After the National Selection Bubble held at the New Clark City Aquatic Center in Capas, Tarlac in October of last year, the Philippine Swimming Inc. (PSI) once more staged a competition — the National Open — but this time in its traditional venue, the Teofilo Yldefonso Swimming Pool in Malate, Manila from February 25-27.
PSI president Lailani Velasco was definitely pleased with the performance of the participating swimmers despite another lockdown due to the rise of COVID-19 cases at the onset of 2022.
She said, “A lot of them struggled for form in light of the omicron surge early this year. But there are a few up-and-coming swimmers who made a mark. Most notably, Thanya Dela Cruz bettered the national record she set in the women’s 50m breaststroke last 2021 PSI SNS Bubble. And she did so by shaving off almost half a second (32.42s) off her previous time (32.89).
“Slowly but surely, we will get back in form as we host more local competitions and as the health restrictions ease up.”
Also seeing improvements were John Niel Paderes in the 50m backstroke (27.77 to 27.53), Miguel Barreto in the 100m freestyle (53.52 to 53.03), and Xiandi Chua in the 100m freestyle (59.68 to 59.26) and in the 200m freestyle (2:09.17 to 2:08.91).
Despite being pressed for time, the sports executive hopes to send a field that will seriously contend in this year’s 31st Southeast Asian (SEA) Games in two months’ time in Hanoi.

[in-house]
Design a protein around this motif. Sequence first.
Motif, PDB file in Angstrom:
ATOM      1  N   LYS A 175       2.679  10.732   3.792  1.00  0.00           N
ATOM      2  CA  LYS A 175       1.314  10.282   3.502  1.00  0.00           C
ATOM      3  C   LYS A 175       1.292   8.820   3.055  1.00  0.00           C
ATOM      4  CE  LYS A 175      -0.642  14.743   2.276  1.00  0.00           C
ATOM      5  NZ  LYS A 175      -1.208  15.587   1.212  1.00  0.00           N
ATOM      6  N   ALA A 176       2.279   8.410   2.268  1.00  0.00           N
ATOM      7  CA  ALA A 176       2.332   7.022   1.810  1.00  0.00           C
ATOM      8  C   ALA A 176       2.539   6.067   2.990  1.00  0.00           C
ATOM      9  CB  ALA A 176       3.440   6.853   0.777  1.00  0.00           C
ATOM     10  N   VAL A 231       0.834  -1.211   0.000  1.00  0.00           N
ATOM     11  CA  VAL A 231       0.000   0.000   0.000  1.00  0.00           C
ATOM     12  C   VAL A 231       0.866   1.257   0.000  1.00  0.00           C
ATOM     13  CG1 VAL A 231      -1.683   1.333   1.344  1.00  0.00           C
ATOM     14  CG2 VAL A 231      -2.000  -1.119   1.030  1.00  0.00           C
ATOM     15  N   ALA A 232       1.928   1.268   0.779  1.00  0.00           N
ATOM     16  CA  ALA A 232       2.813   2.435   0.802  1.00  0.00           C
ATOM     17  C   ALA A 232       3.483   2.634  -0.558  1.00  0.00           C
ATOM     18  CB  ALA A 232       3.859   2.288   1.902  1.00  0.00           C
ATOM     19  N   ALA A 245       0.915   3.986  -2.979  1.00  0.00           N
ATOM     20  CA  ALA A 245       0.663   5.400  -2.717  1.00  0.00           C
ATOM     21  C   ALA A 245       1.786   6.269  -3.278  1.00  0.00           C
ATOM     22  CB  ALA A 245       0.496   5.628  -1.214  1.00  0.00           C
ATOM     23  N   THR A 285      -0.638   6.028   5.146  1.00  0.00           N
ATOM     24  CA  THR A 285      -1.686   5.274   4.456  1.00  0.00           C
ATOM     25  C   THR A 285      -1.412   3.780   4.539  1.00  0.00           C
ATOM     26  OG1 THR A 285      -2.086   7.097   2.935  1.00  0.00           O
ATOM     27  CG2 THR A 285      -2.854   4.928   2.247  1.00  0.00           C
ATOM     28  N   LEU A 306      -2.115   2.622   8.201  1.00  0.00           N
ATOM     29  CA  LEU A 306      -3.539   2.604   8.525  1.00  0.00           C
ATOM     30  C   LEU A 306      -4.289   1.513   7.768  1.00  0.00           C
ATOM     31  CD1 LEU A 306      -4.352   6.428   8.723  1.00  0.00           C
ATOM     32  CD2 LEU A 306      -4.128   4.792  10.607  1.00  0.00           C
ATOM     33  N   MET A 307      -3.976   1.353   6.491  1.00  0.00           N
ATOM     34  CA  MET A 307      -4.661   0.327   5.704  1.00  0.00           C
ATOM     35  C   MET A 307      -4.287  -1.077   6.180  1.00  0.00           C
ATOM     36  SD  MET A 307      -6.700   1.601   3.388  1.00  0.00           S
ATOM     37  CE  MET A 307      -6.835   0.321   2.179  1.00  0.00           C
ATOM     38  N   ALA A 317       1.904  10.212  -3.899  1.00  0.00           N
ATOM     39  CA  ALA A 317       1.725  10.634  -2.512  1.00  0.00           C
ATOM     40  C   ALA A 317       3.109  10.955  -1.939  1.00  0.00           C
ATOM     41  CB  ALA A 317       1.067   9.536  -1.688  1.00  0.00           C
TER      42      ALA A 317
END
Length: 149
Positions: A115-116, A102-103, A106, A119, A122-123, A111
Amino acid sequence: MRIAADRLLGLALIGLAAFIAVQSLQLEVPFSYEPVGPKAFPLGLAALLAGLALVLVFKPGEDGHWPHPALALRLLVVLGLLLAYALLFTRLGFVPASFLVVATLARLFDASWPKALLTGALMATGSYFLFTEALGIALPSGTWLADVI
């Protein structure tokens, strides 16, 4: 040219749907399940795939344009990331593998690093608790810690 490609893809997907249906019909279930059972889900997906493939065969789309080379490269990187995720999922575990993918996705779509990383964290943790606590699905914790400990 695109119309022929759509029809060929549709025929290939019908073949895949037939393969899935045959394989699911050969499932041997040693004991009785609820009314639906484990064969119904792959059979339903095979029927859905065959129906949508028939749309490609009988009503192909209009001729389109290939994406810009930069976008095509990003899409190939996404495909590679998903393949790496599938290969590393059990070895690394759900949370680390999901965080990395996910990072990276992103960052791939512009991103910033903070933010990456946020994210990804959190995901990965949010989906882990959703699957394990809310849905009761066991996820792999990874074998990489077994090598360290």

“It will still be a mix of those based abroad and our grassroots swimmers. We cannot say for sure yet what the final lineup will look like but we do intend to send a competitive team as always,” Velasco shared.
Velasco further shared that PSI looks to resume its regular calendar of events as soon as the SEA Games concludes.
She bared that PSI is carefully choosing which competitions to take part in.
“The next major competition is the 19th Asian Games. We do intend to send a delegation there. Of course, we also have the annual FINA World Swimming Championships (25m) in December,” she said.
The NSA likewise looks to get back to its glory days of the past by gaining more international exposure. Velasco noted how other NSAs were able to make a mark last year in the grandest stage of all — the Olympics. She shares, “Should budget, health, and security protocols permit, ideally, we wish to gain some foreign exposure. That’s what we’ve been sorely missing throughout this pandemic.
“And if the Tokyo Olympics campaign of Team Philippines is to be modeled after, we do need an outsider’s perspective to guide our program, as is the case with our weightlifting, boxing, gymnastics, athletics, and all other top-performing teams have shown.”